I think I like this picture a lot. It will take a few weeks of looking at over and over to know for sure if it’s one of my new favourites, but it’s definitely a contender.  No cool story behind it, which takes a few points off it in the long run. Was taken in a very front-country location right off the road leading up to Upper Kananaskis Lake. Actually passed right by the location only catching a glimpse of it without stopping. Drove a good 5kms before (with the help of Dani who also saw something) decided what the hell, may as well backtrack and try getting a good picture from the location of the momentary glimpse. Pretty glad we did! As I was sitting on the ground taking photos, every car that drove by slowed right down or stopped in anticipation that I was shooting wildlife, only to give me a weird look when they realized there wasn’t anything there except a mud covered marshy area that probably appeared pretty ugly to most people. It’s good to know not everyone can see what I see.

Every picture in this post was taken in Kananaskis last weekend (May 15th) after our photoshoot (see last post) was over. Crazy to think how beautiful out it was a mere 6 days ago considering today I’ve been periodically going outside to shake the snow off my plants and trees so they don’t buckle over under the weight. That’s may long weekend for you though, and we desperately need the moisture here in Alberta, and with the snow it will slowly soak into the ground where it’s needed instead of running over the parched landscape and into storm drains. Guess we’ll take what we can get, and now at least I don’t feel anxious for not camping or doing something fun and instead sitting in my basement in pj pants working on pictures sipping on an Irish Cream coffee. I think I’d make a good fiction writer, at the very least I look the part.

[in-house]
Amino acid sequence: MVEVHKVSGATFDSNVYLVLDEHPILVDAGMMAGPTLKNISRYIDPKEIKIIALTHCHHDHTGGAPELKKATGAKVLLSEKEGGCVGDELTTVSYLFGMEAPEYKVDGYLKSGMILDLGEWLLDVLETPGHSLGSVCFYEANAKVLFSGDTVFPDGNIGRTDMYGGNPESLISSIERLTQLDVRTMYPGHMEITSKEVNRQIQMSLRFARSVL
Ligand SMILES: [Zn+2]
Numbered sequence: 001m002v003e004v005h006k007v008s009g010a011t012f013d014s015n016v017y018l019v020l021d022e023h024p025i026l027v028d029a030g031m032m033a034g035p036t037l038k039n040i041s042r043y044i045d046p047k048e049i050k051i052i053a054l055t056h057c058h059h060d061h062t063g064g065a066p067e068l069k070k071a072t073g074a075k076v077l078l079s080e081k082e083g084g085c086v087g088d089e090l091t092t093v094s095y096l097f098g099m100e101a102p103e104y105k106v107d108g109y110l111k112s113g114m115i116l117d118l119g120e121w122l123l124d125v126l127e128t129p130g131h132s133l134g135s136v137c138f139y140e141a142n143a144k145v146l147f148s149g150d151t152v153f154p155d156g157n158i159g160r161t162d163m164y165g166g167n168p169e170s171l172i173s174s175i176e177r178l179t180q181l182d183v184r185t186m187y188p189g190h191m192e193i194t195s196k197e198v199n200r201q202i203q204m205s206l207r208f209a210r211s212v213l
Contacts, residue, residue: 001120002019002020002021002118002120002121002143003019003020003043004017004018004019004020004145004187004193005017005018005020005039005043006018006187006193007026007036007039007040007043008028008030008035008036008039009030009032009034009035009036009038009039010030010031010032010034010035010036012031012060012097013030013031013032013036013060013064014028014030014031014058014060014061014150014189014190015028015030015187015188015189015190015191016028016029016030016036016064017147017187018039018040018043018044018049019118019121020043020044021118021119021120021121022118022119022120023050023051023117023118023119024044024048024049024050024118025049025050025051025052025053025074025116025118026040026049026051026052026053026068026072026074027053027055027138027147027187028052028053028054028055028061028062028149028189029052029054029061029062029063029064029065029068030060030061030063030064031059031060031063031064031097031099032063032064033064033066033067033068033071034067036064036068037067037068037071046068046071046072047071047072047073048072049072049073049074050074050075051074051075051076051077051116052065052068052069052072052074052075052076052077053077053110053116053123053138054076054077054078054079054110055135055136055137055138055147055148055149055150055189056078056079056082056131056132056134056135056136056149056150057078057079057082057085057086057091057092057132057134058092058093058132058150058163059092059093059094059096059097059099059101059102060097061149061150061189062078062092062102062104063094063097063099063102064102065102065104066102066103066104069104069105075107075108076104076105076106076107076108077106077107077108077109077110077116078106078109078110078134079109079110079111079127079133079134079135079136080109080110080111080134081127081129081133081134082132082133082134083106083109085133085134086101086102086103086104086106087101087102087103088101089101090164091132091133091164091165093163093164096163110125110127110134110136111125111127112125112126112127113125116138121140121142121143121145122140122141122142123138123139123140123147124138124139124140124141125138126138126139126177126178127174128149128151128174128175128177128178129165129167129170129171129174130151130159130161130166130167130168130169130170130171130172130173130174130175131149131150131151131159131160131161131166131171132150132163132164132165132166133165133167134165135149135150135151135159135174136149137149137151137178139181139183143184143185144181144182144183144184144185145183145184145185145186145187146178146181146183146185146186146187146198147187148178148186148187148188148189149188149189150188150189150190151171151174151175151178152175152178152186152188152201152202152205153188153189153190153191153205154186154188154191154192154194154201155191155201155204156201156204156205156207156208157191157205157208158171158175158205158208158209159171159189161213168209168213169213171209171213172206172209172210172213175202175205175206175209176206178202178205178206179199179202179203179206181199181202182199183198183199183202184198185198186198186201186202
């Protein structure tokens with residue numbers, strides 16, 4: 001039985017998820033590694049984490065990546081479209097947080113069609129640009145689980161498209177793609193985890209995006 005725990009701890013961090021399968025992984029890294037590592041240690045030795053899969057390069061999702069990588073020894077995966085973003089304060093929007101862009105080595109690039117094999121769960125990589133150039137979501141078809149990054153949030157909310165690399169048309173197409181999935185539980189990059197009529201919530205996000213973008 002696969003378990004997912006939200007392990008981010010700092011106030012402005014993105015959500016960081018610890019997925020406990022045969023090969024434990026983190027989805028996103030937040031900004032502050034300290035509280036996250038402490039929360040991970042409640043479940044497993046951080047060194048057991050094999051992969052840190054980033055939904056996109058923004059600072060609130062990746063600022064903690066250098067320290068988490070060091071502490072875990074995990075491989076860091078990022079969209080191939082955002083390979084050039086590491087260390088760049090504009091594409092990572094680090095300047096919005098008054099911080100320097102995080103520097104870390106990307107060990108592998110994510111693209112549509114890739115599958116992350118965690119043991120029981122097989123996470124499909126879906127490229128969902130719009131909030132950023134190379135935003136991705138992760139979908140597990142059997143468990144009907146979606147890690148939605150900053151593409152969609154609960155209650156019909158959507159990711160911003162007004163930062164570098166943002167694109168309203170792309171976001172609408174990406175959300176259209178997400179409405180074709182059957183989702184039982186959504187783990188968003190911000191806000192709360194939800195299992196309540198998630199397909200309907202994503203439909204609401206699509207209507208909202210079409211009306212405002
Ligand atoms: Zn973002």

Last Christmas, being the newly house-poor people Dani and I are, I decided that instead of spending money we don’t have on a paid-for present, I’d just make her a coupon for a couples photo shoot instead! I’ve got the camera and the talent, may as well use both on my girl and try being romantic. I thought I had the perfect plan and was excited for her to see my thrifty side. Christmas day came and Dani, after ripping open my gift-wrapped, paper thin present (yes, I wrap homemade gift cards in wrapping paper instead of putting them inside hallmark cards and envelopes) she matter-of-factly states, “I think our whole life is a couples photoshoot”